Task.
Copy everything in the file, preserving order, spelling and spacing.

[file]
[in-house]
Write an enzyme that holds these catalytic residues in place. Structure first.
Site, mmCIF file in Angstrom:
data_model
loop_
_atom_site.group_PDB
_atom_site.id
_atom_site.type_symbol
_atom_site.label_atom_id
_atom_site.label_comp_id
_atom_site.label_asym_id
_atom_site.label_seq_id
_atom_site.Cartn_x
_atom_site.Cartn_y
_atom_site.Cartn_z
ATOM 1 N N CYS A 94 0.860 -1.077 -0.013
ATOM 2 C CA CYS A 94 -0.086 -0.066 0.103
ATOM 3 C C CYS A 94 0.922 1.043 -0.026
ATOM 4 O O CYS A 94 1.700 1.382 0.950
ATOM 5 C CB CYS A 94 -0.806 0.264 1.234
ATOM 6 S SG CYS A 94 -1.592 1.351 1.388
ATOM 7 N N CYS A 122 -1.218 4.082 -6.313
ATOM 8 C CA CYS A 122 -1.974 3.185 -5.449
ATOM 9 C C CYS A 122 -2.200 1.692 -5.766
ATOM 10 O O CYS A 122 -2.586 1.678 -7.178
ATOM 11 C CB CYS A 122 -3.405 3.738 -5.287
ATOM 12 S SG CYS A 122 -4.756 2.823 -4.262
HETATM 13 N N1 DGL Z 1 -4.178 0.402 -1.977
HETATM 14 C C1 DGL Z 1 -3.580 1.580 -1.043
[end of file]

[in-house]
Write an enzyme that holds these catalytic residues in place. Structure first.
Site, mmCIF file in Angstrom:
data_model
loop_
_atom_site.group_PDB
_atom_site.id
_atom_site.type_symbol
_atom_site.label_atom_id
_atom_site.label_comp_id
_atom_site.label_asym_id
_atom_site.label_seq_id
_atom_site.Cartn_x
_atom_site.Cartn_y
_atom_site.Cartn_z
ATOM 1 N N CYS A 94 0.860 -1.077 -0.013
ATOM 2 C CA CYS A 94 -0.086 -0.066 0.103
ATOM 3 C C CYS A 94 0.922 1.043 -0.026
ATOM 4 O O CYS A 94 1.700 1.382 0.950
ATOM 5 C CB CYS A 94 -0.806 0.264 1.234
ATOM 6 S SG CYS A 94 -1.592 1.351 1.388
ATOM 7 N N CYS A 122 -1.218 4.082 -6.313
ATOM 8 C CA CYS A 122 -1.974 3.185 -5.449
ATOM 9 C C CYS A 122 -2.200 1.692 -5.766
ATOM 10 O O CYS A 122 -2.586 1.678 -7.178
ATOM 11 C CB CYS A 122 -3.405 3.738 -5.287
ATOM 12 S SG CYS A 122 -4.756 2.823 -4.262
HETATM 13 N N1 DGL Z 1 -4.178 0.402 -1.977
HETATM 14 C C1 DGL Z 1 -3.580 1.580 -1.043